Queen Anne

Anne (6 February 1665 – 1 August 1714), became Queen of England and Scotland on 8 March 1702. On 1 May 1707, when England and Scotland combined into a single Kingdom, Anne became the first Sovereign of Great Britain. She continued to reign until her death. Anne was the last British monarch of the House of Stuart; she was succeeded by a distant cousin, George I, of the House of Hanover.

Anne's life was marked by many crises relating to succession to the Crown. Her Roman Catholic father, James II, had been forcefully deposed in 1687; her sister and brother-in-law then became King and Queen as Mary II and William III. The failure of Anne and of her sister to produce a child who could survive into adulthood precipitated a succession crisis, for, in the absence of a Protestant heir, the Roman Catholic James II could attempt to return to the Throne. It was for this reason that the Parliament of England passed legislation allowing the Crown to pass to the House of Guelph. When the Scottish Parliament refused to accept the choice of the English Parliament, various coercive tactics (such as crippling the Scottish economy by restricting trade) were used to ensure that Scotland would co-operate. The Act of Union 1707 (which united England and Scotland into Great Britain) was a product of subsequent negotiations.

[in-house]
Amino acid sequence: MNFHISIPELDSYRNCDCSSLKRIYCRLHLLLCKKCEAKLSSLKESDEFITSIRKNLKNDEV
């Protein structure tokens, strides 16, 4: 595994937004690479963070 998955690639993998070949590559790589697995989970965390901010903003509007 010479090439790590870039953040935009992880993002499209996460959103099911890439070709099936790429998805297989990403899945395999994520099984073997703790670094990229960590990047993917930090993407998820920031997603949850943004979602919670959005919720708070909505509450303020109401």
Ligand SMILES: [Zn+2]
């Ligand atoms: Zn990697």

Anne's reign was marked by the development of the two-party system. Anne personally preferred the Tory Party, but endured the Whigs. Her closest friend, and perhaps her most influential advisor, was Sarah Churchill, Duchess of Marlborough. The Duchess of Marlborough's husband was John Churchill, 1st Duke of Marlborough, who led the English armies in the War of the Spanish Succession.

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